- Huw Hughes |
MPs have criticised leading UK fast-fashion companies for “failing to commit to reduce environmental impact” within the industry.
A report, released by the Environmental Audit Committee (EAC) on Thursday, found that JD Sport, Sports Direct, TK Maxx, Amazon, Boohoo, and Missguided were “least engaged" in their sustainability efforts, with none of them signing up to SCAP (Sustainable Clothing Action Plan) - a plan to reduce their carbon, water and waste footprint - or ACT (Action, Collaboration, Transformation) - an agreement of labour rights and living-wages.
“It’s shocking to see that a group of major retailers are failing to take action to promote environmental sustainability and protect their workers,” EAC Chair Mary Creagh commented in a statement. “It’s disappointing that only a third of the retailers we wrote to are signed up to ACT, an important global initiative working towards getting a living wage for all garment workers."
Next, Debenhams, Arcadia Group and Asda Stores were found to be “moderately engaged”, taking “some steps to address environmental sustainability issues”. All of them except for Next run a ‘take-back scheme’ for discarded clothes, and all of them except for Asda group use organic cotton in their products. Debenhams was also credited by the committee for the range of activities it is involved in.
Fast-fashion companies not doing enough to improve sustainability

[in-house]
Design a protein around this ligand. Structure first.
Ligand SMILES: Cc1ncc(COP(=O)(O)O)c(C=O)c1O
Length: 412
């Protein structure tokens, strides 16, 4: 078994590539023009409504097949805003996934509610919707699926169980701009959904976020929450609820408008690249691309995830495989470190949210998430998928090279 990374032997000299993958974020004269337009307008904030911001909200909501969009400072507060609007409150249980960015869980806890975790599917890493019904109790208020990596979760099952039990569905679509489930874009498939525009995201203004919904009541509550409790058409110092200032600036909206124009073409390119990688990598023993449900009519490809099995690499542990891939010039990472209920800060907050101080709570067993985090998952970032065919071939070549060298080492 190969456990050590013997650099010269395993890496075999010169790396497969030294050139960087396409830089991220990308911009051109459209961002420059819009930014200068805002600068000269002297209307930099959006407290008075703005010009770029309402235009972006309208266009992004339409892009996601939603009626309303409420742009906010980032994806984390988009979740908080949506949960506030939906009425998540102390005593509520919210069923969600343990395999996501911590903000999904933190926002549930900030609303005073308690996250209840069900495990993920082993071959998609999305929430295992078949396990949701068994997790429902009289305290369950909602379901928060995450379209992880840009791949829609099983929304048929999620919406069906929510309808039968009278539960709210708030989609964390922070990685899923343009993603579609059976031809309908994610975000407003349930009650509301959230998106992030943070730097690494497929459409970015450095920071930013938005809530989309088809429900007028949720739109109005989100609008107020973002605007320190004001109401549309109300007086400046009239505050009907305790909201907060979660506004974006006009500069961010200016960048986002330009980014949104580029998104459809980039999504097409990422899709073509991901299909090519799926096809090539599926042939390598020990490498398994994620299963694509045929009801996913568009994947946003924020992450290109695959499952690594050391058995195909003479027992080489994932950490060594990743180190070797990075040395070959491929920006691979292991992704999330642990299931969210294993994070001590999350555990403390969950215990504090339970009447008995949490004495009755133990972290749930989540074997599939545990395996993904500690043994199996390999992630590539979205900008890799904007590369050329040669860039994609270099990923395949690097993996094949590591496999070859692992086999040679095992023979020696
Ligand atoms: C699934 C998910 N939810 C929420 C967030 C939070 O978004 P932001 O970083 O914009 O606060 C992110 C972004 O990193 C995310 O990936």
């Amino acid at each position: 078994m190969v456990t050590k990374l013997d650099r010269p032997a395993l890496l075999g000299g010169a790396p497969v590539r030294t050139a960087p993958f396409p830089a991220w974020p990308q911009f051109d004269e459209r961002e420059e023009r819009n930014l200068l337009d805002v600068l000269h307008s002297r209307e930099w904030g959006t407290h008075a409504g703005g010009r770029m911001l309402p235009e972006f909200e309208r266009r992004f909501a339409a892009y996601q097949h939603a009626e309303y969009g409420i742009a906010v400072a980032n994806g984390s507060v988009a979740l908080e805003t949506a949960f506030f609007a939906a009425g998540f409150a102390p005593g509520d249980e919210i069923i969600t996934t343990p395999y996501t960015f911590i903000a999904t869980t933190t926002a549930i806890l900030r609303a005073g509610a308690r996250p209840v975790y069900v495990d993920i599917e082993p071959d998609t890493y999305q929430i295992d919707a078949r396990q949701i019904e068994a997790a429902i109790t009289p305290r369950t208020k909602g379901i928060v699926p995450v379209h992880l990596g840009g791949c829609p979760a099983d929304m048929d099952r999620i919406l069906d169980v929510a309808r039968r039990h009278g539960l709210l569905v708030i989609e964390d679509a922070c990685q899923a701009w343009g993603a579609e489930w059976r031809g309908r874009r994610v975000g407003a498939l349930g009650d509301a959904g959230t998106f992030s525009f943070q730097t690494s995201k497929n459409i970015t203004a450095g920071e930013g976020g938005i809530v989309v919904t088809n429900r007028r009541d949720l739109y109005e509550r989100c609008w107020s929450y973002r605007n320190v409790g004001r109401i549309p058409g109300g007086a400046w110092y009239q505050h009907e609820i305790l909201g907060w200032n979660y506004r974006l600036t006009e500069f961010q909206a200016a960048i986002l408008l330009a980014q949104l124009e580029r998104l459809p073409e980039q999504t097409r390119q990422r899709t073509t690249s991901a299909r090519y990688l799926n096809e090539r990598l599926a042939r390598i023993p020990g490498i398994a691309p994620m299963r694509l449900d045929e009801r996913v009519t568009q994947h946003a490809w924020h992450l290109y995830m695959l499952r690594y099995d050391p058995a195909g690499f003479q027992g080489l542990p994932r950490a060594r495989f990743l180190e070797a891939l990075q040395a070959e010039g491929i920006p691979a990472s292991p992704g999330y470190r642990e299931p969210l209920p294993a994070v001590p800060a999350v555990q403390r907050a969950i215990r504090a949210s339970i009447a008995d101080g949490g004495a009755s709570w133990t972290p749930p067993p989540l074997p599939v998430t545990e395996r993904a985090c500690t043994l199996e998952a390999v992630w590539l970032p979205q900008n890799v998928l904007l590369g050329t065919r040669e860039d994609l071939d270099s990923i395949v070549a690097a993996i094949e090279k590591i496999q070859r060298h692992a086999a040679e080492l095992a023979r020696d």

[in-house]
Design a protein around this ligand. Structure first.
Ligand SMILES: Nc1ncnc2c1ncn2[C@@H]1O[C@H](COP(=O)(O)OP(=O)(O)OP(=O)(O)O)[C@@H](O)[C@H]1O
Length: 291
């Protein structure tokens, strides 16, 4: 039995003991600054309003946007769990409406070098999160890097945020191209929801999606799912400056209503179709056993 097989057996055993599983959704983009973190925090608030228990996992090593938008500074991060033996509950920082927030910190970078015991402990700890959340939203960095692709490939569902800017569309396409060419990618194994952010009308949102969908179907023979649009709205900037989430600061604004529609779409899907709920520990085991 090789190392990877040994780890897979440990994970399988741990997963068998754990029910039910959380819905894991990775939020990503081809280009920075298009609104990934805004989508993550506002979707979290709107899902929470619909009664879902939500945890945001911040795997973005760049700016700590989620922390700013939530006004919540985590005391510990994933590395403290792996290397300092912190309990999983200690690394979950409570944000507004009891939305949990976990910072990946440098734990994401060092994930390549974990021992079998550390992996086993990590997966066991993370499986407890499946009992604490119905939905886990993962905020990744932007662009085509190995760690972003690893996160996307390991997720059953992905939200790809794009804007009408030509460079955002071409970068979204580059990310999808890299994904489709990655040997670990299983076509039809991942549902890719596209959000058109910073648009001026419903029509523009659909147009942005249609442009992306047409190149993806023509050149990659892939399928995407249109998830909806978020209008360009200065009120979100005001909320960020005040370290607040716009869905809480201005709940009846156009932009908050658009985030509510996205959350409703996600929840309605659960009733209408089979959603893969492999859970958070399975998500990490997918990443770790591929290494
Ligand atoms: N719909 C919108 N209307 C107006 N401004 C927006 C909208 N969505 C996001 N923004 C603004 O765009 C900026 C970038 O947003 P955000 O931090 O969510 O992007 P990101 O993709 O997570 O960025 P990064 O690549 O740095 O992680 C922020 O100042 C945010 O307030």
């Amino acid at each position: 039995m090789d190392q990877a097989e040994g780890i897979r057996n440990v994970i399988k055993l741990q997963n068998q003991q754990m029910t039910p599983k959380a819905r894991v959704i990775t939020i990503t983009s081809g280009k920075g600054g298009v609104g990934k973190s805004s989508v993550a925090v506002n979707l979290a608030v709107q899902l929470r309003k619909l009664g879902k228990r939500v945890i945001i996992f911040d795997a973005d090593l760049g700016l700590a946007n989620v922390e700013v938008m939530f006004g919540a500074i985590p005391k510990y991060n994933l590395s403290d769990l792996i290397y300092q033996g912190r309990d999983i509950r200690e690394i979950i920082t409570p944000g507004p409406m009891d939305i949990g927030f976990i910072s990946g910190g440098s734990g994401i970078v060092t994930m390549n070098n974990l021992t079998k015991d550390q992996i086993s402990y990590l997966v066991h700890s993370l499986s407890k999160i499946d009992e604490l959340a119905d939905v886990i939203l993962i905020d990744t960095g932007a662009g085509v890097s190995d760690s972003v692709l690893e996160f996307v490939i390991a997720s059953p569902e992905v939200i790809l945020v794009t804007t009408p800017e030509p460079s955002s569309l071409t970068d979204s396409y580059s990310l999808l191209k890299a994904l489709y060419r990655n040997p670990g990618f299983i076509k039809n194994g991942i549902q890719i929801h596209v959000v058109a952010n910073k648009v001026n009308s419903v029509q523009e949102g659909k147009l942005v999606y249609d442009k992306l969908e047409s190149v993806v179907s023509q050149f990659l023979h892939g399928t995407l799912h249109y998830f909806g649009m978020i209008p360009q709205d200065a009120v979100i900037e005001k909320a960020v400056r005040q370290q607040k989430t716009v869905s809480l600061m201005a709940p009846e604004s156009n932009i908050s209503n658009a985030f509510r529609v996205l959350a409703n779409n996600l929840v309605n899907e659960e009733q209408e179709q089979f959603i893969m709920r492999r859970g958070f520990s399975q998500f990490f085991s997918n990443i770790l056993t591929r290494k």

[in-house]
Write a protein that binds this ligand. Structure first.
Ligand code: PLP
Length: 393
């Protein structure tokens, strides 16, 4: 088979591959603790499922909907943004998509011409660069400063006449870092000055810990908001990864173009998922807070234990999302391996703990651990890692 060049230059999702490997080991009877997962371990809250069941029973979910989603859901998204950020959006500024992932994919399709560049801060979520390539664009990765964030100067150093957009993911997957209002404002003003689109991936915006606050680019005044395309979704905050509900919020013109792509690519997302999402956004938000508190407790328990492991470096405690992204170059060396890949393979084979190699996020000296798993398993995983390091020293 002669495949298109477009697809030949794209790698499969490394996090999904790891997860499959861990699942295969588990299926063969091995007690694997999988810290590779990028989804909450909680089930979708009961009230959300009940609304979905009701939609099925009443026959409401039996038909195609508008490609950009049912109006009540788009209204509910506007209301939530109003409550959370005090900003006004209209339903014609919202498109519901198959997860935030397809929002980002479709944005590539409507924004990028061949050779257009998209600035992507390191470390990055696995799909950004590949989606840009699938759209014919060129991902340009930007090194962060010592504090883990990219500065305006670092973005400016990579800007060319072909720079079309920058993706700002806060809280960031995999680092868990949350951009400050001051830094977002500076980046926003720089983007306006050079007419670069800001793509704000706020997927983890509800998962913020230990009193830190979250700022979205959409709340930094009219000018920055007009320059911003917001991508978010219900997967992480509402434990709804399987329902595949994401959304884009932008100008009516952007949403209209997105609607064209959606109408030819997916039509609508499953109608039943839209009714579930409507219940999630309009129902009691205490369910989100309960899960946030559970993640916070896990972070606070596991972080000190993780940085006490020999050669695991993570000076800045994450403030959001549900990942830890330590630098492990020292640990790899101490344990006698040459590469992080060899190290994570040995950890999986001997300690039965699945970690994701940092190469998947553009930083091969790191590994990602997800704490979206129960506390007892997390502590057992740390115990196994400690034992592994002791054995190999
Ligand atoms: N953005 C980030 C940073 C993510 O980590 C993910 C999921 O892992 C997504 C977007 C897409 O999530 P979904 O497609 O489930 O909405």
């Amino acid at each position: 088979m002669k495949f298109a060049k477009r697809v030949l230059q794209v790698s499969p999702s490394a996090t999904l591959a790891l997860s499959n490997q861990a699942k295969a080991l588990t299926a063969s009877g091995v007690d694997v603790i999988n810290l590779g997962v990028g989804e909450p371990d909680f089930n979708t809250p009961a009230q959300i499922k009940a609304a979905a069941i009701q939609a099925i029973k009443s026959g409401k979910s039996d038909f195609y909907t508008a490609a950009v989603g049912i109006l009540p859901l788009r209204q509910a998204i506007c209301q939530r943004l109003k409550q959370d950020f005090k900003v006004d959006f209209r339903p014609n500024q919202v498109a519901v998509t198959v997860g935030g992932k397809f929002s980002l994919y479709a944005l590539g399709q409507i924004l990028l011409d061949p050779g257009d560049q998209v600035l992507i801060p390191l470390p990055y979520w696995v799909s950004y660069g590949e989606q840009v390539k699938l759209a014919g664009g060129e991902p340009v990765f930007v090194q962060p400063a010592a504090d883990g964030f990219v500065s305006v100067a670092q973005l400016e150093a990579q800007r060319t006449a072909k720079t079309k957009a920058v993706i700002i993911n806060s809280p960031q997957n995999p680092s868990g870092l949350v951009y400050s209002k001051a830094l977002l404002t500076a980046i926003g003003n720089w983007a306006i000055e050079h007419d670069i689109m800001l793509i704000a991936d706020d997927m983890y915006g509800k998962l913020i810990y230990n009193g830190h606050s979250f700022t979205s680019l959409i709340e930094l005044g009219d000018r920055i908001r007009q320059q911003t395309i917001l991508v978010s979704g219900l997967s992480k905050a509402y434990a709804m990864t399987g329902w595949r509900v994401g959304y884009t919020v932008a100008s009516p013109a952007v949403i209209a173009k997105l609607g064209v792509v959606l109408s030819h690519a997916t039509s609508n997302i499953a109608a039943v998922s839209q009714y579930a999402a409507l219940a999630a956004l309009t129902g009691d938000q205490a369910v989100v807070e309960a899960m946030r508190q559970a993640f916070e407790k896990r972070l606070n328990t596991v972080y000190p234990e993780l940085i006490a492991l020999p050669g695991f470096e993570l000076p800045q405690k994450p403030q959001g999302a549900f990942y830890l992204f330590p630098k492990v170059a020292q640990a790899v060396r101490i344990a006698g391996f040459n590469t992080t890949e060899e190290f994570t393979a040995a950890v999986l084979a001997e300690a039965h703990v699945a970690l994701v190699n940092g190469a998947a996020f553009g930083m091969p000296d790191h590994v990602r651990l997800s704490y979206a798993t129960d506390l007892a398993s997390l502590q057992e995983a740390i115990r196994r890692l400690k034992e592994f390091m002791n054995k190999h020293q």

Asos, Marks and Spencer, Tesco, Primark, and Burberry were named “most engaged”, with all of them using organic cotton and recycled materials, as well as offering in-store take-back schemes. All of them, except for Burberry, are also members of ACT.
Creagh added: “By publishing this information, customers can choose whether they want to spend money with a company that is doing little to protect the environment or promote proper wages for garment workers. We hope this motivates underperforming retailers to start taking responsibility for their workers and their environmental impact.
“We want to see a thriving fashion industry that employs people fairly, inspires creativity and contributes to the economic success of the UK.”
This news comes as part of a wider investigation by the EAC into sustainability in the fashion industry, as the popularity of fast-fashion continues to rise.
In November 2018, the committee wrote to 16 of the UK’s ten leading fashion retailers, asking them to submit evidence to the committee’s inquiry showing the steps they’re taking to reduce the social and environmental impact of their companies.
Last week, as part of EAC’s ongoing investigation, it was revealed that UK-based garment factory owners were forced to pay almost 90,000 pounds for non-payment of minimum wage.
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